Publication Date
April 1, 2017

"There is broad agreement in the humanitarian sector, both at the practitioner and leadership level, that communication and community engagement contributes to greater effectiveness and value for money. Despite many organisations and governments committing to this, action to make this happen as part of preparedness and response is not undertaken systematically."

One of the Communicating with Disaster Affected Communities (CDAC) Network Strategic Aims for 2016-2021 is to strengthen collaboration to make community engagement in crisis efforts more effective. Prepared with support from the United Kingdom (UK) Department for International Development (DFID)'s Disasters and Emergencies Preparedness Programme, this policy paper outlines the potential role of collective platforms, services, and tools to support communication and community engagement in humanitarian preparedness and response. It describes benefits, gaps, and challenges in current approaches. It highlights existing frameworks and commitments and provides a brief overview of good practices. Finally, it offers recommendations to highlight and enable operationalisation of collective platforms, services, and tools.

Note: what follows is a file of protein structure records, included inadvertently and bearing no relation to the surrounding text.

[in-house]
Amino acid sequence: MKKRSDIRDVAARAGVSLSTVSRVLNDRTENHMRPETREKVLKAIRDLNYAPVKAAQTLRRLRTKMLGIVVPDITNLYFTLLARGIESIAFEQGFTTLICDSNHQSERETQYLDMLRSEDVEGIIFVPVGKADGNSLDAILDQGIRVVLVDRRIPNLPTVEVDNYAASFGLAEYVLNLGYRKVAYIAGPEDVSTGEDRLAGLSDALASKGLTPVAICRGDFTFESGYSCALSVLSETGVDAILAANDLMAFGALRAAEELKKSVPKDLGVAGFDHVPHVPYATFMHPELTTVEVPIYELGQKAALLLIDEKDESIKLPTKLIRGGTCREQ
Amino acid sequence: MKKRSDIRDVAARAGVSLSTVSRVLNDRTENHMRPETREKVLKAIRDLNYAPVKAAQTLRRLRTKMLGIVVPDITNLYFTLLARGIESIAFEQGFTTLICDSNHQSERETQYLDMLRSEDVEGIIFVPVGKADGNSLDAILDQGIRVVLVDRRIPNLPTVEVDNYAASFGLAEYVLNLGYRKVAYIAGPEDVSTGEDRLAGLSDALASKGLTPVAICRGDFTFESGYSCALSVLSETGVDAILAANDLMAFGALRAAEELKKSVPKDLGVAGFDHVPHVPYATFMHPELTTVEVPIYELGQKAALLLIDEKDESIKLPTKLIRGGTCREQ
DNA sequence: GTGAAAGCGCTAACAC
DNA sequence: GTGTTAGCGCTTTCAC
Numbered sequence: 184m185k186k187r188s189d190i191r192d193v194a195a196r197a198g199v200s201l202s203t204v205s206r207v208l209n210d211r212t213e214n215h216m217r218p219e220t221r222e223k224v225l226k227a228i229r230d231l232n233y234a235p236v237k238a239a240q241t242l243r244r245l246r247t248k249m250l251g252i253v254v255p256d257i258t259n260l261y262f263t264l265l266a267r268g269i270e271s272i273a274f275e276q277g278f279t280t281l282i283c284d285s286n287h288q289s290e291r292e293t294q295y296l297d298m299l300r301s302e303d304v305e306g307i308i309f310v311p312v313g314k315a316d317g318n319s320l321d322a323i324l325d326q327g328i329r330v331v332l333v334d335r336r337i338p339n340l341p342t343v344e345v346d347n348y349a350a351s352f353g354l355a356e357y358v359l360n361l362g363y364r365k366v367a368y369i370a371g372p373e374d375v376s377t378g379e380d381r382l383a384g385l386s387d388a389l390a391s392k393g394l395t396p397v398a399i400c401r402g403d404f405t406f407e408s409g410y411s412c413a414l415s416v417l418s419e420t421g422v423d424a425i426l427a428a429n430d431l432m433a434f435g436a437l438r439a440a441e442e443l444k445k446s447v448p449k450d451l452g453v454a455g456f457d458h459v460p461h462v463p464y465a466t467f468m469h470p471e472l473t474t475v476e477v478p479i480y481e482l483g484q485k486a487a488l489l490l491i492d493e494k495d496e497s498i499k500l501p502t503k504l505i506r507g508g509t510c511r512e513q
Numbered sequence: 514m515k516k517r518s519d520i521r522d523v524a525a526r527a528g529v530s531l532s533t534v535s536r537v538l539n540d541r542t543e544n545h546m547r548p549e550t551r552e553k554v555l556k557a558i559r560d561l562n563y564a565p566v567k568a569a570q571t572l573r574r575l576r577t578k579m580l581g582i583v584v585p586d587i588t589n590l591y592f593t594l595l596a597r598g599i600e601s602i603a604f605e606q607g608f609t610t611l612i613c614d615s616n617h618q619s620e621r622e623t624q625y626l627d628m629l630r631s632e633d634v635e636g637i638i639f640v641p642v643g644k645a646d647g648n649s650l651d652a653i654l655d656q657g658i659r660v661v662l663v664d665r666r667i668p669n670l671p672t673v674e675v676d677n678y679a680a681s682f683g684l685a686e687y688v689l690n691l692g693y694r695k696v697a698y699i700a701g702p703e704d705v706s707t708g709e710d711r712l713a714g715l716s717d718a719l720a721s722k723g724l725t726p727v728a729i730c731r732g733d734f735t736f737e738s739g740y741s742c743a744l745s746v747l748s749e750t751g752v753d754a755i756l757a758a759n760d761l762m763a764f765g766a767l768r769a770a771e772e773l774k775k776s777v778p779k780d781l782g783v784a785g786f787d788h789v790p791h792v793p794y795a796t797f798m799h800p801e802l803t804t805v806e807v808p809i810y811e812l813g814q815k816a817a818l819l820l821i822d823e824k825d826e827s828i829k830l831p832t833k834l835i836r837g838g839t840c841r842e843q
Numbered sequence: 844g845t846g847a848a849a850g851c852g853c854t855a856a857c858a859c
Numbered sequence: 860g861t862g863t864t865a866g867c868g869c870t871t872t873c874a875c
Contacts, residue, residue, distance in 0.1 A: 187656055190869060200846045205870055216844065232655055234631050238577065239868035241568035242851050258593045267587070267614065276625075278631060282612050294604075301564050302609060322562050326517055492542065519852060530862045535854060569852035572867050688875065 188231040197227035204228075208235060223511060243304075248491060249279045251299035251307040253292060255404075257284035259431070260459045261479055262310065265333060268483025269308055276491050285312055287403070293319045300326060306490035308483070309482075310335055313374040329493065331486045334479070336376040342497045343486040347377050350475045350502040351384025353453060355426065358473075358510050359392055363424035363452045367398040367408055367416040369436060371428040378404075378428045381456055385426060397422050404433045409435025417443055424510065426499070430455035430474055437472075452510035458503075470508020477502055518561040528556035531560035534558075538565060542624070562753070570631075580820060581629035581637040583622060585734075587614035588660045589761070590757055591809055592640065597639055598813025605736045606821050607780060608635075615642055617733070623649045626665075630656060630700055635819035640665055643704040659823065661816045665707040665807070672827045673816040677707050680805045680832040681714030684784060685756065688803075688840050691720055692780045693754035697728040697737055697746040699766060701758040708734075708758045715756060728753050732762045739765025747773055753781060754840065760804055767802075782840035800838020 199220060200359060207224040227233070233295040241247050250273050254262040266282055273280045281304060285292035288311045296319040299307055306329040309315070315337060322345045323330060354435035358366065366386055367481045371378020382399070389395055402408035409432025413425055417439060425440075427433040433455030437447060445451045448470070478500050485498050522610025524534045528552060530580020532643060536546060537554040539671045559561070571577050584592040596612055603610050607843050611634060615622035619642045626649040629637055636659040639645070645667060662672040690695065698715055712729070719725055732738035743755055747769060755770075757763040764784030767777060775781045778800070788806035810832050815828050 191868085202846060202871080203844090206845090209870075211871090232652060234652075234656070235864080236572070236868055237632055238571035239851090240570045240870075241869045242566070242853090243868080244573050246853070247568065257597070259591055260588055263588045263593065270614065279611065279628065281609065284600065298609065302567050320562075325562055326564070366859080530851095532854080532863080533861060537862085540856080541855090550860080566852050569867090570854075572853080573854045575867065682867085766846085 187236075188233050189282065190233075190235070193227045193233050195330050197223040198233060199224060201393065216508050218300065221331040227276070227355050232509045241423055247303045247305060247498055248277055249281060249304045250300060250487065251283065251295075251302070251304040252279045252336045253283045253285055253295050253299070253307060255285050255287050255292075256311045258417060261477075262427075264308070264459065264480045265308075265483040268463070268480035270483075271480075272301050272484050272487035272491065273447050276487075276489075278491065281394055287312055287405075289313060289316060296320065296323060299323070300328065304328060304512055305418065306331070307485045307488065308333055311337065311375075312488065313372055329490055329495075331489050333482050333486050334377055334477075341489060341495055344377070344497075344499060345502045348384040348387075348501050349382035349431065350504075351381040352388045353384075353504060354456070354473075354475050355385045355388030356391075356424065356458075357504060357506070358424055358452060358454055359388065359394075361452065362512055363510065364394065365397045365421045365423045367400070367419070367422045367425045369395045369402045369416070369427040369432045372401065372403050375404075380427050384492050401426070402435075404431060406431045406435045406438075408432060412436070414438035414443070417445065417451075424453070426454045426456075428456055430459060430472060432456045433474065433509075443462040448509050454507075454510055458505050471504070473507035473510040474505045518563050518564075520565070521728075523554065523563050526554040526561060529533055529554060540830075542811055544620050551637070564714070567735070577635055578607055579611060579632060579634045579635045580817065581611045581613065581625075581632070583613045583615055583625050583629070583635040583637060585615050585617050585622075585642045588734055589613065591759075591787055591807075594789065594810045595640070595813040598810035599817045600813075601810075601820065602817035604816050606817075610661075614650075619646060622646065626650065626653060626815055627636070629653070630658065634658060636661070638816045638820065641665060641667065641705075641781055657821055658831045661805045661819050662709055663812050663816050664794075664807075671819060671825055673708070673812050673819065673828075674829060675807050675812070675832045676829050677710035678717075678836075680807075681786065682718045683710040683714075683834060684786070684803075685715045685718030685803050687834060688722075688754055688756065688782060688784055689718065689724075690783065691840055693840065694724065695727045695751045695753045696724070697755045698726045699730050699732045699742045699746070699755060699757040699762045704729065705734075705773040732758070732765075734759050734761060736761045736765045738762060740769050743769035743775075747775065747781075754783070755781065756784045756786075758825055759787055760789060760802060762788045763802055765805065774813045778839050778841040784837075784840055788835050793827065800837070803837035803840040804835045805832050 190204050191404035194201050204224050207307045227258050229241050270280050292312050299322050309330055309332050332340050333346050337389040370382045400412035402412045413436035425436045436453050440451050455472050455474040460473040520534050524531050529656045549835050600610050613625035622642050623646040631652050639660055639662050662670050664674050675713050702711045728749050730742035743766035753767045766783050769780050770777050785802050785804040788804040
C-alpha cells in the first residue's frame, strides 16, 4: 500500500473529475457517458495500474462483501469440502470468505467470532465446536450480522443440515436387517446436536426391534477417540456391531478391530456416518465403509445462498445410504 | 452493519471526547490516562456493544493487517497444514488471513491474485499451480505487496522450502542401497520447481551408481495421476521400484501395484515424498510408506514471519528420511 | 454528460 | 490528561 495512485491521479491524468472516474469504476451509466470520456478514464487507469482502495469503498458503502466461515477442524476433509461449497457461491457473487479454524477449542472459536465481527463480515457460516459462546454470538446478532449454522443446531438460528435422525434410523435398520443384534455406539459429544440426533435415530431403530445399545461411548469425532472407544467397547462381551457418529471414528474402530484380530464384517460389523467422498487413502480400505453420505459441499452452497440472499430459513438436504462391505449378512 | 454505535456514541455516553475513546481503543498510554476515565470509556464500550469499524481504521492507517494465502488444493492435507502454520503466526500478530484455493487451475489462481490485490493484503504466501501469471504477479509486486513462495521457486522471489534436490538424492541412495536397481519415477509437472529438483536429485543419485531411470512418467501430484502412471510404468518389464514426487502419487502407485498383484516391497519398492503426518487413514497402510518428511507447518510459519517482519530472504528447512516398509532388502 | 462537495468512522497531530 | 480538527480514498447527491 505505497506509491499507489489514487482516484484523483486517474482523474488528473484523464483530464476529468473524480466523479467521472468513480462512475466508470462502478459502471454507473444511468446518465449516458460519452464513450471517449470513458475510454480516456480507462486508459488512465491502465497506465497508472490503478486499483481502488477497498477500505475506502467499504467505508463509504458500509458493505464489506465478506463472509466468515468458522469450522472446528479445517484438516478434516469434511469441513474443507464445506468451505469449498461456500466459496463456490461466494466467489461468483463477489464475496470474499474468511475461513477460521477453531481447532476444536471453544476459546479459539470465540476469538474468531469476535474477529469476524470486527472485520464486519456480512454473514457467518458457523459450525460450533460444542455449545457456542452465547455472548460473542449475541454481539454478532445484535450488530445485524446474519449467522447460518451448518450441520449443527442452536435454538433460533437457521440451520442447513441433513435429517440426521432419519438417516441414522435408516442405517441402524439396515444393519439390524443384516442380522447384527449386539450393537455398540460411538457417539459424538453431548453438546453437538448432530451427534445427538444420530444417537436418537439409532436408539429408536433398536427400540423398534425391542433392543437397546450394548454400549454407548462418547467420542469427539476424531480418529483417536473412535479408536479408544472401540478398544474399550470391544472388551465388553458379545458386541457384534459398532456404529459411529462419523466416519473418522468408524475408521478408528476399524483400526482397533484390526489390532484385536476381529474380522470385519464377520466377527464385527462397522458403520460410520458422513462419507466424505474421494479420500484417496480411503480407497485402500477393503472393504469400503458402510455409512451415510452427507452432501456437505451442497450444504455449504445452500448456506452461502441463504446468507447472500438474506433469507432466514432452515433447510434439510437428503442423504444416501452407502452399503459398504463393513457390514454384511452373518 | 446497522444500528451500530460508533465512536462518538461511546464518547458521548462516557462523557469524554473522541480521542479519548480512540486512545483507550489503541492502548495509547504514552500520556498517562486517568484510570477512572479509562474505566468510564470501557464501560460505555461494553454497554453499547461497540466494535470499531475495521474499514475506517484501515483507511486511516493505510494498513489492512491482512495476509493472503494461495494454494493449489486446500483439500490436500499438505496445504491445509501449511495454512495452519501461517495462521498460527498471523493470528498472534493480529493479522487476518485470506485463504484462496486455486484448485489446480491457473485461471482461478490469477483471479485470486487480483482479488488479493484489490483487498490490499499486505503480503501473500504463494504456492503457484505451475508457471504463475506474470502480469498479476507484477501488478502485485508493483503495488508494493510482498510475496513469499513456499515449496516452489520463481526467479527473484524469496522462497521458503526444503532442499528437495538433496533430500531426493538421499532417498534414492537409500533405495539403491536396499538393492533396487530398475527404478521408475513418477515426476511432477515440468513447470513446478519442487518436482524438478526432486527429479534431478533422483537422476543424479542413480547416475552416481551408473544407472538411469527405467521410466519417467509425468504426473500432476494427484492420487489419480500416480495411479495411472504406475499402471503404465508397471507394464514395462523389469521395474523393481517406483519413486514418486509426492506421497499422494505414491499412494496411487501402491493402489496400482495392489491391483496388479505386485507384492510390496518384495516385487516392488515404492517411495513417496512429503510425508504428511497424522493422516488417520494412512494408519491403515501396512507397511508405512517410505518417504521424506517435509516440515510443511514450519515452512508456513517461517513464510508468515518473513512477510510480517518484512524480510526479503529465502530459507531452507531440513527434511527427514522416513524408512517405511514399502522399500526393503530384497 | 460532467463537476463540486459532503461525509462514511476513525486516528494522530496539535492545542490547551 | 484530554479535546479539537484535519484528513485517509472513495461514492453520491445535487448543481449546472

There are various global frameworks and commitments with components specific to communication and community engagement; they are identified on page 8 of the report along with examples of donor requirements in relation to communication and community engagement. A range of partners are already involved in different intentional efforts to improve communication and community engagement, including the United Nations (UN), the International Red Cross and Red Crescent Movement, international and national non-governmental organisations (I/NGOs), media networks, telecommunications and technology companies, civil society, and the private sector. Several examples and lessons learned are presented in the report. Some collective approaches to communication and community engagement been established in sudden onset disasters (e.g., Haiti earthquake/hurricane; the Philippines in Typhoon Bopha and Haiyan; Nepal earthquake); others in conflict (e.g., Yemen; Iraq; South Sudan); and, still others in readiness for smaller-scale cyclical disasters (e.g., 'Shongjog', the Multi-Stakeholder Platform for Communicating with Communities in Bangladesh). Each mechanism has different contextually-relevant goals and objectives. "There remains the need however, for further consideration as to how collective services can be structured and sustained in diverse contextual environments as well as throughout protracted crises (including those with regional and multi-country implications) and crises which receive limited funding and resources."